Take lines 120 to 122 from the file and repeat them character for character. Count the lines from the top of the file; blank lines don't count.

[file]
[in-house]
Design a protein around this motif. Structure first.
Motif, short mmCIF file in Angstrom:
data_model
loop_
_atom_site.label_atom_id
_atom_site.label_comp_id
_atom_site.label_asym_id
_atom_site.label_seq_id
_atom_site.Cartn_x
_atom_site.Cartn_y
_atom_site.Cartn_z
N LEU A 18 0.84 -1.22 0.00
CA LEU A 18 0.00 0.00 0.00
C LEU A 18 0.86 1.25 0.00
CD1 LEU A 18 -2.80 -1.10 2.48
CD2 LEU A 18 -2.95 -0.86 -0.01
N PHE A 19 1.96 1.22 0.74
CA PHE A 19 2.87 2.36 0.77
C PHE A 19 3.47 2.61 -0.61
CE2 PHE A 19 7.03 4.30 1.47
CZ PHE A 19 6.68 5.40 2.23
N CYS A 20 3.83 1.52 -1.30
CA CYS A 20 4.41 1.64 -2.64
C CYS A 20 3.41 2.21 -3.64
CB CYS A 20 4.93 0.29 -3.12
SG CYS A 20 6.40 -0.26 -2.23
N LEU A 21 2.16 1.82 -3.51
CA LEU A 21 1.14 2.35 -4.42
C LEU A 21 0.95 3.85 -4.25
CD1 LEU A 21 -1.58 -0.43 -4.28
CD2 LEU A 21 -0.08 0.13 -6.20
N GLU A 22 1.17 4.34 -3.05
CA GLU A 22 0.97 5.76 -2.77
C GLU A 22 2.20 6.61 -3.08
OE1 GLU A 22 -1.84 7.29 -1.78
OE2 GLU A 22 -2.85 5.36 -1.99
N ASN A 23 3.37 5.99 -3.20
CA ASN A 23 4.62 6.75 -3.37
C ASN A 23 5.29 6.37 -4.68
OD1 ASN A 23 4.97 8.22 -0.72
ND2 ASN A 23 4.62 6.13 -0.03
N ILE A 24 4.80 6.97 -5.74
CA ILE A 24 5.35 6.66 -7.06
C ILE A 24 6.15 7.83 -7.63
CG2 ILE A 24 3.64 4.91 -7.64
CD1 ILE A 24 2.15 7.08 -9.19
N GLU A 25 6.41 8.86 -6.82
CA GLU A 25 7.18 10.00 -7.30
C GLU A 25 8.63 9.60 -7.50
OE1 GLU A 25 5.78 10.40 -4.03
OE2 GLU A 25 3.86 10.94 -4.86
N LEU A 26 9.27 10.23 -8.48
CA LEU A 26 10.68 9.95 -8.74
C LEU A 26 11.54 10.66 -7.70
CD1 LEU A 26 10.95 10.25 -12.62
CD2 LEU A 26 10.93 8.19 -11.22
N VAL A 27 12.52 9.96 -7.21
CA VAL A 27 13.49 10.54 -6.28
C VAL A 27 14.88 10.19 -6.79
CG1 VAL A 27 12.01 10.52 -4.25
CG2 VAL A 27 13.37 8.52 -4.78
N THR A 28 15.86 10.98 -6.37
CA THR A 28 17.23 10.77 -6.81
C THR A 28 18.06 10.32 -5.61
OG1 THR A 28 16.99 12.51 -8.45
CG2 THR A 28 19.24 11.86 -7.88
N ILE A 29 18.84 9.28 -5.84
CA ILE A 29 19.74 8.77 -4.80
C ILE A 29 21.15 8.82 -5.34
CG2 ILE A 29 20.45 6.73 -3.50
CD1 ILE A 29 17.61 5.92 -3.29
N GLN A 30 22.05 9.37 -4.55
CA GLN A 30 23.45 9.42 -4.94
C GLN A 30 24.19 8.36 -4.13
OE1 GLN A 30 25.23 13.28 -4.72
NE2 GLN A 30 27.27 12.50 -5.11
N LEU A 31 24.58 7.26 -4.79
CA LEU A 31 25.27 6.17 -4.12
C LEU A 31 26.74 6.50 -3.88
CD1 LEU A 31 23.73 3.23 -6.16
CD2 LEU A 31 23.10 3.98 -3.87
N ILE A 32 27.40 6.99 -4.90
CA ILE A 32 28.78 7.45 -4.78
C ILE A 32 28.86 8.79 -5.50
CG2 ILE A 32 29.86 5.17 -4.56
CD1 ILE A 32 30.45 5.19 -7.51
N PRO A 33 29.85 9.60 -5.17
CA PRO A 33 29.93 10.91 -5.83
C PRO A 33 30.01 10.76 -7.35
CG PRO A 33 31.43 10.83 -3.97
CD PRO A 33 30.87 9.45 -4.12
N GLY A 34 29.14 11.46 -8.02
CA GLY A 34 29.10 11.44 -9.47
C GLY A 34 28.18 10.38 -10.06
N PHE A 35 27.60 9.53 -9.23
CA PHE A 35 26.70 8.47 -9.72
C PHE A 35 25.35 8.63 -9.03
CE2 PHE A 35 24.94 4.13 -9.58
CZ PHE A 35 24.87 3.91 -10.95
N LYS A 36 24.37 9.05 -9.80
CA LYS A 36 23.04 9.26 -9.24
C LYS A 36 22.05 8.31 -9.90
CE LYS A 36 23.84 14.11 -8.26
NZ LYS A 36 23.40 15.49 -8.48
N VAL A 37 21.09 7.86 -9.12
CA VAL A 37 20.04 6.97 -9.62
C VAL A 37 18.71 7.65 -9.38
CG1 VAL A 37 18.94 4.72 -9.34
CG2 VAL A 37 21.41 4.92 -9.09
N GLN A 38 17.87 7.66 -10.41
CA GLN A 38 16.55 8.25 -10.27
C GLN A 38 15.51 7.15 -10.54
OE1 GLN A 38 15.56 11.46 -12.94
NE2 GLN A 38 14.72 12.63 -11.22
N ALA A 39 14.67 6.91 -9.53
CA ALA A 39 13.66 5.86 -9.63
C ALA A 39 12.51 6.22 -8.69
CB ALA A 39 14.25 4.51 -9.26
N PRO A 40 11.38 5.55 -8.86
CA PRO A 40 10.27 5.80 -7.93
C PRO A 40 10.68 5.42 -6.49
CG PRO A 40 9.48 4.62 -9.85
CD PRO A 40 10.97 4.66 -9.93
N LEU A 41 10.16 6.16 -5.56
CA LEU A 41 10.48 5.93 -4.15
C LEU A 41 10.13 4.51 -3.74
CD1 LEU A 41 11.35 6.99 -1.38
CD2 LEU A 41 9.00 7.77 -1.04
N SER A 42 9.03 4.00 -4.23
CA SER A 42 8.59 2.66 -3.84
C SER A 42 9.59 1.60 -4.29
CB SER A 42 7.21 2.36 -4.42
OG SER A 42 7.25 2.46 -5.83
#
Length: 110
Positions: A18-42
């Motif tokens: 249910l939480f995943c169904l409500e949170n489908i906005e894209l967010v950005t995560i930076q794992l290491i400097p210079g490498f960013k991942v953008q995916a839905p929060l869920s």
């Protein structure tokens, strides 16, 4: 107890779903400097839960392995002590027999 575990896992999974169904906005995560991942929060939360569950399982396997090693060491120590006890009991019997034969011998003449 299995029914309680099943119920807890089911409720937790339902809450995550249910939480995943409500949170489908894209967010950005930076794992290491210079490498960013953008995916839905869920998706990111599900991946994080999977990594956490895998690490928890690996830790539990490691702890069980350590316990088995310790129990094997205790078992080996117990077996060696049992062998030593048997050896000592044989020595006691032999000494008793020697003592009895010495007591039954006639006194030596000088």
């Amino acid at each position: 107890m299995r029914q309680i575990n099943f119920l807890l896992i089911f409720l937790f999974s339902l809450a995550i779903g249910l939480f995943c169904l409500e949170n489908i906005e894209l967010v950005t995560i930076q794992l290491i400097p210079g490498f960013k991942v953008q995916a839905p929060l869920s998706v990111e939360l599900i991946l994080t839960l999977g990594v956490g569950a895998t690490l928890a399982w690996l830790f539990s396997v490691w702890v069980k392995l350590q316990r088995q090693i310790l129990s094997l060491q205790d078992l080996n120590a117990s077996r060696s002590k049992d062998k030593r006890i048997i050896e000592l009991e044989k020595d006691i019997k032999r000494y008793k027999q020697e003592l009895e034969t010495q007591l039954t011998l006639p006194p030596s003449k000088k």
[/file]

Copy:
N PRO A 40 11.38 5.55 -8.86
CA PRO A 40 10.27 5.80 -7.93
C PRO A 40 10.68 5.42 -6.49